What is sustainable investing and why is it important for society?
As with many things in the financial industry, there is a great deal of lingo and terminology thrown around and it can leave you quite confused! Sustainable investing essentially refers to any form of investing that integrates Environmental, Social and Governance (ESG) criteria. Less formally put, sustainable investing is about using investment strategies that consider financial returns alongside delivering positive environmental and / or social benefits.
I have been in the field of sustainable and responsible investing for a long time, and I honestly do think we can be too hung up on having a neat, capsule-sized definition. When it comes to individuals, sustainable investing is somewhat a personal reflection of our values and priorities – we are talking about people wanting to achieve something positive with their investments, something beyond just making money.
Sustainable investors look to invest in companies that are getting to grips with the very real sustainability challenges we are facing today – such as growing inequalities, lack of access to basic healthcare, climate change, water scarcity and so on. As a sustainable investor, I want to invest in companies (or funds) that are focused on solving these challenges. For example, climate change may be a real concern to me so I chose to direct my investment capital toward companies delivering low-carbon solutions or funds in the clean energy sector. Or perhaps I am really worried about how local communities are impacted and therefore seek out companies that work hard to protect local workers and employees through their supply chains.
How did you get into green finance?
Green finance sits within the broader sustainable finance world – it’s all about how we shift capital at scale towards our low carbon and climate resilient future. And it is an area of expertise I have developed over the last 12 or 13 years. My journey towards green finance is quite a personal story. I was living in Beijing and I had two very young children. The air pollution in Beijing was starting to get really bad and I was overwhelmed with a sense of guilt that I had brought my children into a world that was heading in completely the wrong direction. At that point, I could either go back into management consulting or reframe the direction and purpose of my career. I chose the latter! So, I went back to school and studied for my second Master’s Degree, this time in Environmental Economics. It completely changed my frame of reference – I figured out pretty quickly that I could take all I had learned about the financial industry from my previous roles and look forward, leveraging and applying this knowledge to think about our future, how we could use finance to get us out of the impending environmental crisis we face.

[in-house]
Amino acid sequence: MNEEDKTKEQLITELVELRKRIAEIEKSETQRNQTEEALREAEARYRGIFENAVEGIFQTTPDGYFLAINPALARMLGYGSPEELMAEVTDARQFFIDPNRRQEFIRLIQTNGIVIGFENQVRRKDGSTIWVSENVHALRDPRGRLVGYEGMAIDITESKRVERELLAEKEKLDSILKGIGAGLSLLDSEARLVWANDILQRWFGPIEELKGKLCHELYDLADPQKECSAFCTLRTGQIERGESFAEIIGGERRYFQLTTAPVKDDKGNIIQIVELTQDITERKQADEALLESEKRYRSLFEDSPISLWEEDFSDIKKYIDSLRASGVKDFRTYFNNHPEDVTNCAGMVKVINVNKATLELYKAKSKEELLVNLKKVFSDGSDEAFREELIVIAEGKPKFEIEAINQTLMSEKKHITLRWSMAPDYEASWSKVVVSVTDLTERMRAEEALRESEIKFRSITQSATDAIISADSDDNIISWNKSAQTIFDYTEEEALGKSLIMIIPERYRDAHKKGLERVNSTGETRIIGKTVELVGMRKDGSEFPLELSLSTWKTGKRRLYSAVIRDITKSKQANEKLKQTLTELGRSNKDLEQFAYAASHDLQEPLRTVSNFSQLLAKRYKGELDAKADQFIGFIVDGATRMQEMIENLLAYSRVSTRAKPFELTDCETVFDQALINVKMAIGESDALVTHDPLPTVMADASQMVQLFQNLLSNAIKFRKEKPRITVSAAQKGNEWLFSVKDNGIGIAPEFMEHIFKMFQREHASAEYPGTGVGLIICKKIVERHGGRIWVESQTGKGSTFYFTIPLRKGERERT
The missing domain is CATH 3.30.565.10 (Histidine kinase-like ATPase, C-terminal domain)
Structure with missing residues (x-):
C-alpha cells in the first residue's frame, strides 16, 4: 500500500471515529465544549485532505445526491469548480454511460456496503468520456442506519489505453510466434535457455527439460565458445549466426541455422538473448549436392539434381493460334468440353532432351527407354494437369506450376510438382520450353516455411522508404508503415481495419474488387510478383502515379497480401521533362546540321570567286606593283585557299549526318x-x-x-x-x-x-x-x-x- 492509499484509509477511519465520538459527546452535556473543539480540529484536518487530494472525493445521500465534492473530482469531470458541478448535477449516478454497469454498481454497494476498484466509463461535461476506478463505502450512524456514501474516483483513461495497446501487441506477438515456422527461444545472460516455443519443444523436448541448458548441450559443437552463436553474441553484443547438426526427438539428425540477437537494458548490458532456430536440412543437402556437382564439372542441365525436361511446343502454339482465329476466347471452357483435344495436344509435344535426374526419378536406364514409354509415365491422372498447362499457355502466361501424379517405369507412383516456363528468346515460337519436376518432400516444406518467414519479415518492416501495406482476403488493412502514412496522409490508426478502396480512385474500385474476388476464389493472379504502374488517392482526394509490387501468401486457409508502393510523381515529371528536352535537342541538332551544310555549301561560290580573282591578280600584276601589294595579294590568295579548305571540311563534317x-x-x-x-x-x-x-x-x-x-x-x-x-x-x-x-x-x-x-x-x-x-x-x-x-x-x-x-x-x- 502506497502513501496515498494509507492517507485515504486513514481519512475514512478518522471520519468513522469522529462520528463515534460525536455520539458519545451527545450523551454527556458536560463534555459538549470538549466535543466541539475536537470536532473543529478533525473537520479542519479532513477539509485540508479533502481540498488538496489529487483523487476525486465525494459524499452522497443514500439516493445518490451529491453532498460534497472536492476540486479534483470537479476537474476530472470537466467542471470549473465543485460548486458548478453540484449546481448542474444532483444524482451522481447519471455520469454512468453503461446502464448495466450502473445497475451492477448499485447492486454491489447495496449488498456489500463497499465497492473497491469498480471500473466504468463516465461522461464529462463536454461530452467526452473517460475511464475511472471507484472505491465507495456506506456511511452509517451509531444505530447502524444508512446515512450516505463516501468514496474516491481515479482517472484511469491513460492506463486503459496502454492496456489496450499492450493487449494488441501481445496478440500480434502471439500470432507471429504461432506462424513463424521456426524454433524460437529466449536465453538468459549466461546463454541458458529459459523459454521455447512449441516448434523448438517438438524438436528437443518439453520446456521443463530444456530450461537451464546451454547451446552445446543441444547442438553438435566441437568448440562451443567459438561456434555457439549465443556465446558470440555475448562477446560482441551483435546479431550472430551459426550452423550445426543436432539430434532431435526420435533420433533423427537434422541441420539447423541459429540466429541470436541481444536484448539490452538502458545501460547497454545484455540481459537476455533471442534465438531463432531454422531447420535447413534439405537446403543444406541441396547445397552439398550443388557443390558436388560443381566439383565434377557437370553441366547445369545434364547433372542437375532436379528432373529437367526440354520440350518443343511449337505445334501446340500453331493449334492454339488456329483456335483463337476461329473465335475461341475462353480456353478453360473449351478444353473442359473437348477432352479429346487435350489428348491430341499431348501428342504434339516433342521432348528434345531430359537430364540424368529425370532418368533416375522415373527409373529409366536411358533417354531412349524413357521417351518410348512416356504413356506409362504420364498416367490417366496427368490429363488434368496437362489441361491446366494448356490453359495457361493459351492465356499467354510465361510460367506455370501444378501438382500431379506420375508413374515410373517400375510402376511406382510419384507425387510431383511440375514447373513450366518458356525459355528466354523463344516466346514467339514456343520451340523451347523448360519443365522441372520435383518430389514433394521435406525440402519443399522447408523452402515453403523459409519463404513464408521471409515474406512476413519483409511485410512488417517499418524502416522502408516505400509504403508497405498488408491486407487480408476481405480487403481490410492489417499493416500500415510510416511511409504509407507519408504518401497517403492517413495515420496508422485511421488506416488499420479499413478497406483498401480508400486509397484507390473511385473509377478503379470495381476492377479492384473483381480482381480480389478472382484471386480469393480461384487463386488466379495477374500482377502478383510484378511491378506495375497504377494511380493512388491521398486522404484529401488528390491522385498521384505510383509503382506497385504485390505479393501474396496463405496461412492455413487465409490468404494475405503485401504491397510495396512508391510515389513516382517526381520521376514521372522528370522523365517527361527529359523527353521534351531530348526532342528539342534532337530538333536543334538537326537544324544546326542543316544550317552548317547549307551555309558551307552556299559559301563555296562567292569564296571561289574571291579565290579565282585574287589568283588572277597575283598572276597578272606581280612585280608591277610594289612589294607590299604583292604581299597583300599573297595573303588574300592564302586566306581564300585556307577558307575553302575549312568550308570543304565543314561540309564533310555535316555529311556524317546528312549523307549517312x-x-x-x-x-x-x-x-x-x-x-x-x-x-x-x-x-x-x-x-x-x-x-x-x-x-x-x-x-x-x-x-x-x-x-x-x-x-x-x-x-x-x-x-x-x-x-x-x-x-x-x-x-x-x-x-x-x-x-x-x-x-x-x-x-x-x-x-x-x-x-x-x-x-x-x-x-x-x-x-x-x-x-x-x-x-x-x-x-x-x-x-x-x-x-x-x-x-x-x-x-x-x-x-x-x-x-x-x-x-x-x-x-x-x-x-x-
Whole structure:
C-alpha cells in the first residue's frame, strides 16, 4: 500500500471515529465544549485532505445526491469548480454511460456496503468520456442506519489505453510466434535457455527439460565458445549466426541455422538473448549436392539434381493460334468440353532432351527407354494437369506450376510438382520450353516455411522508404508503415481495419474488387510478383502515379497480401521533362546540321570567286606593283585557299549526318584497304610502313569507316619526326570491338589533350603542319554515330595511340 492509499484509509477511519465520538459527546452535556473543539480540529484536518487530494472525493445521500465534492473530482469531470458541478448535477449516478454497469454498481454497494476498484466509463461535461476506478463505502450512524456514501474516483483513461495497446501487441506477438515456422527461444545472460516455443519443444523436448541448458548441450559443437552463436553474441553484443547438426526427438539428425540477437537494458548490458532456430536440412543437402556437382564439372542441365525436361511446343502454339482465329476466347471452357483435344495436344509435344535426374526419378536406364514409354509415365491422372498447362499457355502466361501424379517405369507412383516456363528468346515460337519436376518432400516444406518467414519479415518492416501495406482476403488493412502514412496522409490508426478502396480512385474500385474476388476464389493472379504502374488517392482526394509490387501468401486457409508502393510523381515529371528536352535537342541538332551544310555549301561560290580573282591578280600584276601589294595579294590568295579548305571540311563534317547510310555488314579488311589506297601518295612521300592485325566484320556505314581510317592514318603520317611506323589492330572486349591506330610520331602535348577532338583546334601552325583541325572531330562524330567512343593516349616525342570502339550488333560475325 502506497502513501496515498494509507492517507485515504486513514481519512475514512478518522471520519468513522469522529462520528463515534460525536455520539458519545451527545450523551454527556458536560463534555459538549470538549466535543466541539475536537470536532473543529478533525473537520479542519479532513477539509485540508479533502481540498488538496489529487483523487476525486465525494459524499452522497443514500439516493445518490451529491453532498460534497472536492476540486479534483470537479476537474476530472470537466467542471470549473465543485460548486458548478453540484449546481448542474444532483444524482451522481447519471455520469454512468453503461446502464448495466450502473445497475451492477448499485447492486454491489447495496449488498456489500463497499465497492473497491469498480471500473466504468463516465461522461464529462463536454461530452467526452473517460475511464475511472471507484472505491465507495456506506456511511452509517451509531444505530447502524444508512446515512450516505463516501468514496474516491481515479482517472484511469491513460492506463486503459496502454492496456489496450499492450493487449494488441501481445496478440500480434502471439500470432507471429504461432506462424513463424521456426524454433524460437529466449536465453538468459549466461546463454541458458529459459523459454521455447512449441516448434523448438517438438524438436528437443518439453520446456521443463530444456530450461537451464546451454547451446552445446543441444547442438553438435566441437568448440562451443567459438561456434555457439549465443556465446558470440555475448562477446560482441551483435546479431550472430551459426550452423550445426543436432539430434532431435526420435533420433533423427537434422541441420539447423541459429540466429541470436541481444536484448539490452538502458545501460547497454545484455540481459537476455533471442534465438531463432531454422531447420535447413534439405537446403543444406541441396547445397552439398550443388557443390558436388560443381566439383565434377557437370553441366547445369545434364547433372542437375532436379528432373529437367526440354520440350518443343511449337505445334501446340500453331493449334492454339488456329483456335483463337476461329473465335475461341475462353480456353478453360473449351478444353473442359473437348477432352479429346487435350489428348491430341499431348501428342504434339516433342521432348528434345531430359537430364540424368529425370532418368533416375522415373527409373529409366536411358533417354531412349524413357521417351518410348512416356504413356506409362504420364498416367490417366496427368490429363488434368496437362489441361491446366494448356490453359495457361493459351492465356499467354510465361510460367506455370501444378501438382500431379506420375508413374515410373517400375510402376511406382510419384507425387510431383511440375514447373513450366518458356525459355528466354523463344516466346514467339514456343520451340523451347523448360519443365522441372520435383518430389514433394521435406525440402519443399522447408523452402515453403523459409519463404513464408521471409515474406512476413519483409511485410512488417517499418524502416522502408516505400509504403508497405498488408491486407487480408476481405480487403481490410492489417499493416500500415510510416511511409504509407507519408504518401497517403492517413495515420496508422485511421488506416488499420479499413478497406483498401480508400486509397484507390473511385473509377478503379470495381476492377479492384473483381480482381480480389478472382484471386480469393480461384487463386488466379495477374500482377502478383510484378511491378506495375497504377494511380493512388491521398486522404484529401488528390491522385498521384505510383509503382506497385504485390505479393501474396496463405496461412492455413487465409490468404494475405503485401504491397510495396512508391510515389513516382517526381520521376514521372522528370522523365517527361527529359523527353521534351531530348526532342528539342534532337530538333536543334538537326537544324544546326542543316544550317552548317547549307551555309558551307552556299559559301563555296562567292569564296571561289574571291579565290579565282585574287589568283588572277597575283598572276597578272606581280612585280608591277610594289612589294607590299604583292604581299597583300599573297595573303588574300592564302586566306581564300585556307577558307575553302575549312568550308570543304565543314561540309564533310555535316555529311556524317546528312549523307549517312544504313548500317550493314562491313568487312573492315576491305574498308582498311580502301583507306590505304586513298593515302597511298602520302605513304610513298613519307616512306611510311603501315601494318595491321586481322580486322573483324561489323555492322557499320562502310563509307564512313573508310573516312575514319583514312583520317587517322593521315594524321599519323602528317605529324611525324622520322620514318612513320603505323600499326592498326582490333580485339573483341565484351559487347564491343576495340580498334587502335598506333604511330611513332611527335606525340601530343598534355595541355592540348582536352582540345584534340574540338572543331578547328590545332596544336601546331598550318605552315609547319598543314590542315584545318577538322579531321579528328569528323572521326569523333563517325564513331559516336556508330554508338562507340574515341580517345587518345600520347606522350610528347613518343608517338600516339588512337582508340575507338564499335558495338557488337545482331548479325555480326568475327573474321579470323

From there, I co-ran a carbon finance company, honing my knowledge of the carbon markets, and then on to running Asia’s sustainable investing think tank and then as Head of Asia for the United Nations-supported Principles for Responsible Investment. Through all of these roles, I worked on green finance concepts and market development, with some of the big investors, market regulators and governments in Asia. It has been a phenomenal journey – but not an easy one. Even just five years ago, people couldn’t grasp how important this area is, that this is the future of finance. Finally, we are seeing this change.
How can people step into this field?
There are now many interesting career opportunities opening up, both in sustainable investing but also in the field of green finance. Start reading up on the key issues, follow what is going on internationally in the policy and regulatory space too. And then network. Go to the increasing number of relevant events that are being hosted and reach out to people on LinkedIn. I would happily connect with you! In your own role and organization, try and think about where it can fit and what you may be able to do. Afterall, this is not going away – it is the future.
Where do you see sustainable investing going in the next few years?
Growing, growing, growing. In the institutional investor world, we are already seeing large asset owners and asset managers begin to focus on sustainable investing and this will continue. It will no longer be a ‘nice to have’ but sit at the very core of every financial market, every financial institution. At the retail investor level, we are only just getting started. Individuals are waking up to how important this is and beginning to demand more from the industry – through the products they invest in and the role that financial advisors play.
You are about to publish a book on financial feminism. How do sustainable finance and gender equality overlap?
My book, “Financial Feminism – A Woman’s Guide to Investing for a Sustainable Future”, is all about engaging with women and how they view and use their wealth. The concept of financial feminism has been growing over the last few years as we finally start to talk about the massive financial gaps that many women face, not only the pay gap but also the pensions and investments gaps.